Operation temperatures

Fig. 10 shows the statistics of the driving temperatures. It can be seen, that in the heating mode driving temperatures below 68°C were also used. Unlike in the cooling mode, where the temperature in the buffer storage is used in order to decide whether high enough temperatures are available for operation, in the heating mode the machine is switched on whenever heating is required, assuming that the temperature in the heating net is always high enough. From the resulting operation conditions it can be seen that the available temperatures in the heating net present a high variation and are not constant at 72°C as the design values may suggest.

The temperatures fed into the heating coil (Fig. 11) were moderate (24°C to 30°C) and those from the boreholes where quite high (13-15°C). In Fig. 12 the temperature lift is shown. As in the cooling mode, only low temperature lifts were required, with a mean at about 13K. The power extracted from the borehole system was between 2.5 and 3.7kW (Fig. 13).

Fig. 10. Frequency diagram of driving temperatures. Fig. 11. Frequency diagram of temperatures to the

Подпись: temperature lift: T_MT_out-T_NT_in [K] Fig. 12. Temperature lifts in the heating mode Operation in the heating mode image636

heating coil (output temperature from the heat pump)

In Erro! A origem da referenda nao foi encontrada. the operation temperatures on November 15th, 2007 as a function of time are shown. A strong variation of the driving temperature (T_HT_in) is observed. This variation is inherent to the operation of the heating net and out of the control of the present system. Nevertheless it shows that even though the heating net is designed for a constant temperature of 72°C reality shows also much lower temperatures. Again, the periodic temperature peaks characteristic of adsorption systems can be seen clearly in all return temperatures (T_HT_out, T_MT_out, T_NT_out).

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2

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80

70

60

50

40

30

20

10

06

08 10 12 14 16 18 20 22

time of the day

Fig 14. Temperatures in the heating mode for the 15th of November, 2007.

5. Conclusion and discussion

As a conclusion it can be said that the installed adsorption chiller worked reliably and the rated COP and chilling powers were within the expected range. Certainly the operation conditions were very favourable as the required temperature lifts were around 10K in the cooling as well as in the heating mode. These low temperature lifts favour a high performance of the machine.

The application required cooling only during the day, thus the control switched the machine on only in this period. With this background, the solar fraction for cooling was around 60%. This may be different and may result in a different system design (e. g. larger solar field or larger storage) if cooling is also required beyond the hours with solar radiation. The overall thermal COP of the chiller for cooling operation was 0.574. In this period 1230kWh of cooling was produced with an electricity requirement to operate the system including cold distribution of 125.8kWh.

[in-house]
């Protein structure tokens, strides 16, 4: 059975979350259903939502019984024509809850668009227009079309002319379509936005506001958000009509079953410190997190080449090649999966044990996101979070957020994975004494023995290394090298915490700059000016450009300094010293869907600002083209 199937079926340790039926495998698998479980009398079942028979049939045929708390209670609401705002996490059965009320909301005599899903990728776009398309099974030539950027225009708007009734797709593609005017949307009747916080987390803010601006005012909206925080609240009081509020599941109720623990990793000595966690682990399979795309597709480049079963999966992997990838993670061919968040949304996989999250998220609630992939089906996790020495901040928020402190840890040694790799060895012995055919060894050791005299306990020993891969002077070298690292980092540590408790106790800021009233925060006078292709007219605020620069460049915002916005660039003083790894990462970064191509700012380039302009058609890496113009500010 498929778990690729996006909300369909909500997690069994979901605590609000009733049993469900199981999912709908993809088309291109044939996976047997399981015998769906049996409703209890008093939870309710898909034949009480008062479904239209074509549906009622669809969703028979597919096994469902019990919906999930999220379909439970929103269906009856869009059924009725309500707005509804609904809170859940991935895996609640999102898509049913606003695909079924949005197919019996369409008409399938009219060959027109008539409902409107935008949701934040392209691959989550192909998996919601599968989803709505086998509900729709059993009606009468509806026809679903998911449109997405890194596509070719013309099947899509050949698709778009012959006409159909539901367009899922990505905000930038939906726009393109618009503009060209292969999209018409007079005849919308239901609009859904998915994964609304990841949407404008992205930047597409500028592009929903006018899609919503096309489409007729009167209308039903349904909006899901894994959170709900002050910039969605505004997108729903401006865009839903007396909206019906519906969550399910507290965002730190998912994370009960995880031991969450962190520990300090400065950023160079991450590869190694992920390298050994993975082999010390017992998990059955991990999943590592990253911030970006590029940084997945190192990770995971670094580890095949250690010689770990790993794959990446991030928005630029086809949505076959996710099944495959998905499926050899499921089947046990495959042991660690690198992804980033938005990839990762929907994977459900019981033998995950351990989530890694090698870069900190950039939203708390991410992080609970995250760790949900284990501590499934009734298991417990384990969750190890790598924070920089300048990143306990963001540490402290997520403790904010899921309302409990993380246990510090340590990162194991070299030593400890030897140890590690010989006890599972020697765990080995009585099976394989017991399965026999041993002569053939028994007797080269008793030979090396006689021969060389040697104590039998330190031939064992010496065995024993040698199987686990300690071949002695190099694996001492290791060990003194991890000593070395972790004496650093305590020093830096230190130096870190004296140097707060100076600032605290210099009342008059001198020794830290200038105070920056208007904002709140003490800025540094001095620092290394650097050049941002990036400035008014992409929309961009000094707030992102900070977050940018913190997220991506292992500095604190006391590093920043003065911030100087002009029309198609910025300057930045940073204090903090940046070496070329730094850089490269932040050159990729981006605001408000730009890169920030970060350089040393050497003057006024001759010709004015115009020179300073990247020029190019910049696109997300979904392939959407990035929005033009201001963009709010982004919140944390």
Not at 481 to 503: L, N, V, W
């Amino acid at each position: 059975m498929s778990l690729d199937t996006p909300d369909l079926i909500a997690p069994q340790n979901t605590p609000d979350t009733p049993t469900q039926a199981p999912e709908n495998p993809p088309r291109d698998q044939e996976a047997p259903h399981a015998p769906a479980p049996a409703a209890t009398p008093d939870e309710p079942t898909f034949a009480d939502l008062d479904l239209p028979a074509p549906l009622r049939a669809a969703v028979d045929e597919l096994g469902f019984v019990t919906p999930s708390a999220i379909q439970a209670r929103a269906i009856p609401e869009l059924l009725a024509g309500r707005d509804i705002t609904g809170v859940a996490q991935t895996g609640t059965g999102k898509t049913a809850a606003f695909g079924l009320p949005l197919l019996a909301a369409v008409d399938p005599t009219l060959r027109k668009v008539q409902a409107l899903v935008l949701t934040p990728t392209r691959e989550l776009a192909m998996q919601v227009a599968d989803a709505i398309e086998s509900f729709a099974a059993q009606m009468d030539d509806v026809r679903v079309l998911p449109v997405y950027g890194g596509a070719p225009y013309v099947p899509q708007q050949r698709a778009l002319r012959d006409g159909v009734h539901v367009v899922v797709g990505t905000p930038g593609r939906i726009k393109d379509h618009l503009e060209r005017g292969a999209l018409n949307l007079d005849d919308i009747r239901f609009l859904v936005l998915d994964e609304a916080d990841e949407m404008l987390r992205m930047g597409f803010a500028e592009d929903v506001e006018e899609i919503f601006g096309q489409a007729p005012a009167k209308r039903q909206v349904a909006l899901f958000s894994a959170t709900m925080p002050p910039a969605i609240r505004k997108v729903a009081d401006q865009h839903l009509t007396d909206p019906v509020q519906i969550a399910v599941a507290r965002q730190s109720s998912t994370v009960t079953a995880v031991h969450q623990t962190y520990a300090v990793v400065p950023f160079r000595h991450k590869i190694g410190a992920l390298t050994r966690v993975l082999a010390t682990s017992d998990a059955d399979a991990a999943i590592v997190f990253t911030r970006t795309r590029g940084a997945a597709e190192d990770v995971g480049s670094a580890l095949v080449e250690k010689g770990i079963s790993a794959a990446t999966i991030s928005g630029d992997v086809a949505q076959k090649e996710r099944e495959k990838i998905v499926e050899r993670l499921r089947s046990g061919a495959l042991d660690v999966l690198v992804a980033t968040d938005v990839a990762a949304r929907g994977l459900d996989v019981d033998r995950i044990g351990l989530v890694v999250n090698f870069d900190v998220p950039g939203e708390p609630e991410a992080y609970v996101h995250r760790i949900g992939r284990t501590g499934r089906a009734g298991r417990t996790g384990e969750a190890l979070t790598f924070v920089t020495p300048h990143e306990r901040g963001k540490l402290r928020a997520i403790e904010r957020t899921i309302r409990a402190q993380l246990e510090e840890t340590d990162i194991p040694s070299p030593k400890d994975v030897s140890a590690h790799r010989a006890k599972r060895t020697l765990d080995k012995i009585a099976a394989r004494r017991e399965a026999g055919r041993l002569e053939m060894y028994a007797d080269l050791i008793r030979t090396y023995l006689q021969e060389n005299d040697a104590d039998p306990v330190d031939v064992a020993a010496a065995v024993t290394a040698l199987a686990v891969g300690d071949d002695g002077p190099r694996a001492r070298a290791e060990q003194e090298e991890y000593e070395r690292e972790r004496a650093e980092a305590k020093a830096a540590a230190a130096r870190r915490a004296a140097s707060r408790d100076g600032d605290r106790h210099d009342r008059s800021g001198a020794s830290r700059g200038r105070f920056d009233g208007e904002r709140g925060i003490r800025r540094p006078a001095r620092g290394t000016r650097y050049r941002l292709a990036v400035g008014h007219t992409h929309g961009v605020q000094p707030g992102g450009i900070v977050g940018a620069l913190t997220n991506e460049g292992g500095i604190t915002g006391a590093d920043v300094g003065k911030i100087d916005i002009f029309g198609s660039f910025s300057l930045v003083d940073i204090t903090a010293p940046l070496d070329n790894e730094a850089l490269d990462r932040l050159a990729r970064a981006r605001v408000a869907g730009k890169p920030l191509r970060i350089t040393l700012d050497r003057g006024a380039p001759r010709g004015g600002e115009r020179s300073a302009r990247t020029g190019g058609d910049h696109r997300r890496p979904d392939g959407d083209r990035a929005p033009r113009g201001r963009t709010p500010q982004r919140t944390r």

In the heating operation the overall thermal COP was 1.43, with a total of 3274kWh of useful heat produced and an electricity requirement of 180.5kWh. As it is difficult to obtain high temperatures from the solar collectors in the winter season, only 5% of the driving heat was provided from this source.

The electric power requirement of the system, excluding the pump in the solar loop, is about 500W, independently of the operation mode, cooling or heating power. This power requirement includes cold and heat distribution, therefore any comparison has to be done taking into account the whole system as a basis. However, using the boreholes as heat rejection system favours the low electricity consumption as no additional cooling tower was required for the cooling mode.

The temperature diagrams show strong fluctuations in the driving temperatures, especially when operated in combination with the heating net. The fluctuations were less when heat from the solar system was used. This shows the attenuating effect of the solar buffer storage. Strong fluctuations in the return lines from the machine are inherent of the periodic operation of adsorption units and have to be taken into account in the design and evaluation of the system. As a conclusion, it has to be analysed if some kind of small mixing storage or any other thermal capacity device to attenuate the temperature peaks is required in order to operate such an adsorption system in a stable way.

The reliable operation of the installed unit opened up the path to an improved pilot product, called ACS08, produced and offered by the company SorTech [3].

References

[1] T. NMez, M. Hau, H-M. Henning, »A Small Capacity Adsorption System in a Heating and Cooling Application: The German Field-test in the MODESTORE Projects, Proceedings of the 1st International Conference Solar Air-Conditioning, Bad Staffelstein, Germany, (2005), pp. 335-340.

[2] T. NMez, W. Mittelbach, H-M. Henning, »Development of a Small Capacity Adsorption System for Heating and Cooling Applications^, in: International Journal of HVAC&R Research, USA, (2006) Vol. 12, no. 3b, pp. 749-765.

[3] SorTech Adsorption Chiller ACS 08; www. sortech. de

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